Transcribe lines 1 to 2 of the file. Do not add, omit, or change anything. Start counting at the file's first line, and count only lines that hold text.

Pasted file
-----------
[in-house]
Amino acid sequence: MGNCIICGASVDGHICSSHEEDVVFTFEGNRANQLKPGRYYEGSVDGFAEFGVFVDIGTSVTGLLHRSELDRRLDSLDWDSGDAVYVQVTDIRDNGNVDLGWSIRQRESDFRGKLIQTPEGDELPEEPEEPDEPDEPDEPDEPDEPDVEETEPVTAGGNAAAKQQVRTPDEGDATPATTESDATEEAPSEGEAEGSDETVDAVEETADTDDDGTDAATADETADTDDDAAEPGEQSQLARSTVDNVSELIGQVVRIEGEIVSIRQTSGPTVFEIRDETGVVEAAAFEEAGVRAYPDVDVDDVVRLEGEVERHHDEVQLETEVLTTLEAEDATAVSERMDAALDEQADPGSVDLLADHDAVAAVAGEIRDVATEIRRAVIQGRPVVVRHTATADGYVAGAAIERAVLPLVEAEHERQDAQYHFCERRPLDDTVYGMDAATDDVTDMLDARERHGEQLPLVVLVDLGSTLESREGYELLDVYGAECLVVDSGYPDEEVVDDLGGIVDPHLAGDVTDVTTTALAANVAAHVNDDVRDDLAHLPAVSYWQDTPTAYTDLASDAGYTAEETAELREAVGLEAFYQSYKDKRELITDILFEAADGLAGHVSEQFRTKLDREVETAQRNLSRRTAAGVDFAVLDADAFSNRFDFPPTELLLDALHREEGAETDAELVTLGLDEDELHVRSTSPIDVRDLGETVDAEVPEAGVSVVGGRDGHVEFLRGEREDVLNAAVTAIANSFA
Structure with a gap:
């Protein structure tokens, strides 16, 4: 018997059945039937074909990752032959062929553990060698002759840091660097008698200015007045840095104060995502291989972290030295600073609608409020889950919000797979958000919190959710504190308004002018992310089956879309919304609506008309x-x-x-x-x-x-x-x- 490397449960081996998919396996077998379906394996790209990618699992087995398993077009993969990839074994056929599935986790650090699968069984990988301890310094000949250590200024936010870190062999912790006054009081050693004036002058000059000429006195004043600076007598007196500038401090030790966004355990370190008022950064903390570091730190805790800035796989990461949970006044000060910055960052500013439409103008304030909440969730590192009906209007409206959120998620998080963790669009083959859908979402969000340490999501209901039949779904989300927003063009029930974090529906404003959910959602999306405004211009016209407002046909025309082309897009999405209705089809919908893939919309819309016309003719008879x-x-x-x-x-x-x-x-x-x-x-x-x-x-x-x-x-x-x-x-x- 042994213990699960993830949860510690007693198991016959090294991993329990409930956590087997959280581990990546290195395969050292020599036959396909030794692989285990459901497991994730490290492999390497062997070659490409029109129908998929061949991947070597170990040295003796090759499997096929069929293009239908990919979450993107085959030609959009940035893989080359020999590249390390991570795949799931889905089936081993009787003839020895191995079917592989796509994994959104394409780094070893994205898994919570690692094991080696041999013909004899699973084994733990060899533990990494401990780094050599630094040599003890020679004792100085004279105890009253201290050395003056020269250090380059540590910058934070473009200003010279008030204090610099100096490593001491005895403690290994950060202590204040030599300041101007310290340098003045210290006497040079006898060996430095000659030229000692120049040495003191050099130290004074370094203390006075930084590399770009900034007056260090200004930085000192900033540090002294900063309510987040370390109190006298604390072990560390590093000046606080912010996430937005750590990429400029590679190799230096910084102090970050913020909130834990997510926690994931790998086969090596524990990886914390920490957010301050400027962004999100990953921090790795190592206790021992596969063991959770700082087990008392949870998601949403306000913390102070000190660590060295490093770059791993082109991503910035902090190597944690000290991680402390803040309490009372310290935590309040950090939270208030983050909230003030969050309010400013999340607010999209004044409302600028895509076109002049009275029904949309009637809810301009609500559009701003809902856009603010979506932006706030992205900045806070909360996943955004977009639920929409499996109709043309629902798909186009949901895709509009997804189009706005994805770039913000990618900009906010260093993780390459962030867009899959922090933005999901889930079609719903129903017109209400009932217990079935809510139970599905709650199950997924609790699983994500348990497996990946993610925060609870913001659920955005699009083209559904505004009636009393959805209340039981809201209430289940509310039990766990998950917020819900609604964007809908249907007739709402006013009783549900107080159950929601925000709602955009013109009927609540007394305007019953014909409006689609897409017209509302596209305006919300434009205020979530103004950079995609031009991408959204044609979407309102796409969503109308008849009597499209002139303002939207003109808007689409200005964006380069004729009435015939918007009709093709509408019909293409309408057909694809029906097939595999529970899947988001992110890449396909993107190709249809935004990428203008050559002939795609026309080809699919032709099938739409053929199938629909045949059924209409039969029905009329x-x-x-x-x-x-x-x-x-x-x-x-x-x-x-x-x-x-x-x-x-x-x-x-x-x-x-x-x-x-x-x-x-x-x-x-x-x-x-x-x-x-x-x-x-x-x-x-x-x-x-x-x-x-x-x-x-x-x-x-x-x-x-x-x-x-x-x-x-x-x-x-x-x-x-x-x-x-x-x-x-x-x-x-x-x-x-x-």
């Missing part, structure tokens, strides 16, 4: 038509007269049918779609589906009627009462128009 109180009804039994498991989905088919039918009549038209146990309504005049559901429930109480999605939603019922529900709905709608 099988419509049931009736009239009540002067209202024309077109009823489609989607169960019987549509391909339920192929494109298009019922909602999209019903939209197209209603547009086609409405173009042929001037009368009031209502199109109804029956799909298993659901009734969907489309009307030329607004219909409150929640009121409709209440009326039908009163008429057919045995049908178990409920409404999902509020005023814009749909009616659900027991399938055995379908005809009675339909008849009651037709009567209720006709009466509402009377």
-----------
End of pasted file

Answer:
[in-house]
Amino acid sequence: MGNCIICGASVDGHICSSHEEDVVFTFEGNRANQLKPGRYYEGSVDGFAEFGVFVDIGTSVTGLLHRSELDRRLDSLDWDSGDAVYVQVTDIRDNGNVDLGWSIRQRESDFRGKLIQTPEGDELPEEPEEPDEPDEPDEPDEPDEPDVEETEPVTAGGNAAAKQQVRTPDEGDATPATTESDATEEAPSEGEAEGSDETVDAVEETADTDDDGTDAATADETADTDDDAAEPGEQSQLARSTVDNVSELIGQVVRIEGEIVSIRQTSGPTVFEIRDETGVVEAAAFEEAGVRAYPDVDVDDVVRLEGEVERHHDEVQLETEVLTTLEAEDATAVSERMDAALDEQADPGSVDLLADHDAVAAVAGEIRDVATEIRRAVIQGRPVVVRHTATADGYVAGAAIERAVLPLVEAEHERQDAQYHFCERRPLDDTVYGMDAATDDVTDMLDARERHGEQLPLVVLVDLGSTLESREGYELLDVYGAECLVVDSGYPDEEVVDDLGGIVDPHLAGDVTDVTTTALAANVAAHVNDDVRDDLAHLPAVSYWQDTPTAYTDLASDAGYTAEETAELREAVGLEAFYQSYKDKRELITDILFEAADGLAGHVSEQFRTKLDREVETAQRNLSRRTAAGVDFAVLDADAFSNRFDFPPTELLLDALHREEGAETDAELVTLGLDEDELHVRSTSPIDVRDLGETVDAEVPEAGVSVVGGRDGHVEFLRGEREDVLNAAVTAIANSFA